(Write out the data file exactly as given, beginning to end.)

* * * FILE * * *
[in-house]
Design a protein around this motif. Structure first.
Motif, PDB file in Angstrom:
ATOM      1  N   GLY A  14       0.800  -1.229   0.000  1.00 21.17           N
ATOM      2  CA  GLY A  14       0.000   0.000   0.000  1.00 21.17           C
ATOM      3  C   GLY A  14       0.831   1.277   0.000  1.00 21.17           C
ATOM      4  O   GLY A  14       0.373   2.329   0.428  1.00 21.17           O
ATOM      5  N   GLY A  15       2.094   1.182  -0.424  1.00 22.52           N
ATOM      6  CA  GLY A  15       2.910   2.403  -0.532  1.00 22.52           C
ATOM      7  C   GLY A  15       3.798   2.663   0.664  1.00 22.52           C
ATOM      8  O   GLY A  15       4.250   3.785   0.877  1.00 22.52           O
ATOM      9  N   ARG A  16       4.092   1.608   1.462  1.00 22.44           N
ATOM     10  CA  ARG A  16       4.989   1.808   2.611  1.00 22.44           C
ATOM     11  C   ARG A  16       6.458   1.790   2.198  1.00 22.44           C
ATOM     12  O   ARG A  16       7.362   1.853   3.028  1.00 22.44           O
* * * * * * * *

[in-house]
Design a protein around this motif. Structure first.
Motif, PDB file in Angstrom:
ATOM      1  N   GLY A  14       0.800  -1.229   0.000  1.00 21.17           N
ATOM      2  CA  GLY A  14       0.000   0.000   0.000  1.00 21.17           C
ATOM      3  C   GLY A  14       0.831   1.277   0.000  1.00 21.17           C
ATOM      4  O   GLY A  14       0.373   2.329   0.428  1.00 21.17           O
ATOM      5  N   GLY A  15       2.094   1.182  -0.424  1.00 22.52           N
ATOM      6  CA  GLY A  15       2.910   2.403  -0.532  1.00 22.52           C
ATOM      7  C   GLY A  15       3.798   2.663   0.664  1.00 22.52           C
ATOM      8  O   GLY A  15       4.250   3.785   0.877  1.00 22.52           O
ATOM      9  N   ARG A  16       4.092   1.608   1.462  1.00 22.44           N
ATOM     10  CA  ARG A  16       4.989   1.808   2.611  1.00 22.44           C
ATOM     11  C   ARG A  16       6.458   1.790   2.198  1.00 22.44           C
ATOM     12  O   ARG A  16       7.362   1.853   3.028  1.00 22.44           O